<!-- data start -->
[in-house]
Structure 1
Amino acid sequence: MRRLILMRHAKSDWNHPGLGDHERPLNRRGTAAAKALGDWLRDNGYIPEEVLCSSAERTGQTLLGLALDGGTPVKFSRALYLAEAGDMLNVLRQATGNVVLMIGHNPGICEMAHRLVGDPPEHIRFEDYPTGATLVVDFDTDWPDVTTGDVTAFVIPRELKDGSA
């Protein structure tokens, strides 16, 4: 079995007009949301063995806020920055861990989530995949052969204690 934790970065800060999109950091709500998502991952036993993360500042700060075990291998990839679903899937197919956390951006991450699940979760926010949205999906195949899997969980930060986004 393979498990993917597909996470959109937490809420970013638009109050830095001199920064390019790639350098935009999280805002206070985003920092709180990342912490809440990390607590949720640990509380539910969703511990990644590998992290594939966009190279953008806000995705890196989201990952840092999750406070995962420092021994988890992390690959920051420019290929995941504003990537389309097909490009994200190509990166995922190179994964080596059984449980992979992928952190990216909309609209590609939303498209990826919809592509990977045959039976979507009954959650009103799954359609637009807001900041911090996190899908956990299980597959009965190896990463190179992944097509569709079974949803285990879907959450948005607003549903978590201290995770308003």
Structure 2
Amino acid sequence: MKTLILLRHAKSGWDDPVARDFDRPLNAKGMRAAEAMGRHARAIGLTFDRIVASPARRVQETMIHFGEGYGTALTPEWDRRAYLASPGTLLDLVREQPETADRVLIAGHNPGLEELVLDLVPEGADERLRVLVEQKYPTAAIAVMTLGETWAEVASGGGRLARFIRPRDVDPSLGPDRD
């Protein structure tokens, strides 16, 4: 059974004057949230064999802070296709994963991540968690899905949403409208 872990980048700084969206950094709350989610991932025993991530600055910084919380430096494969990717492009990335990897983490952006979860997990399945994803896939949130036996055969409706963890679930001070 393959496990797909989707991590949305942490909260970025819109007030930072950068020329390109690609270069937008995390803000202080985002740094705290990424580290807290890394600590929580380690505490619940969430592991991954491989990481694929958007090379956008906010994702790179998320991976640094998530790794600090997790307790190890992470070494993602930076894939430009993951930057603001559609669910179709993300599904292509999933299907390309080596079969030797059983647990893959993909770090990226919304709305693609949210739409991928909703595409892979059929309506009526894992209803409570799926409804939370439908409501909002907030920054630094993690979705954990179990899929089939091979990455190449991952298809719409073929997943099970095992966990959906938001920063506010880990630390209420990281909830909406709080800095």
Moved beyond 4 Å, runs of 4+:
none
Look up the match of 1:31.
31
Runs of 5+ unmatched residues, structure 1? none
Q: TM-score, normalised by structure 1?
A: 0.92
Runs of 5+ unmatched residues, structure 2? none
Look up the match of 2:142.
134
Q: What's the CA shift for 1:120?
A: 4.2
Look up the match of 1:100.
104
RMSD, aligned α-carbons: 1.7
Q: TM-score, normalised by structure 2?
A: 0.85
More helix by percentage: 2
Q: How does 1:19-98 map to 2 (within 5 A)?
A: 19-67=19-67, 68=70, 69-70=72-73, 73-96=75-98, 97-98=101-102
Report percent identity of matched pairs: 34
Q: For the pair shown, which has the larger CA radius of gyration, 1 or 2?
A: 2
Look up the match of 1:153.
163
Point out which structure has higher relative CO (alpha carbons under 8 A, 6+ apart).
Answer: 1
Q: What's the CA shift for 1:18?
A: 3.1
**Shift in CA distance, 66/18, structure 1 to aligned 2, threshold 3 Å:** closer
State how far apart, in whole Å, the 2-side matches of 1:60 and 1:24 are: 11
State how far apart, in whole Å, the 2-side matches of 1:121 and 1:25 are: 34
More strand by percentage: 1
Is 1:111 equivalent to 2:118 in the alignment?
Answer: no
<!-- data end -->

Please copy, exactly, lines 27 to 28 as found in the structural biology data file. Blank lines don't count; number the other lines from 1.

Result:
A: 19-67=19-67, 68=70, 69-70=72-73, 73-96=75-98, 97-98=101-102
Report percent identity of matched pairs: 34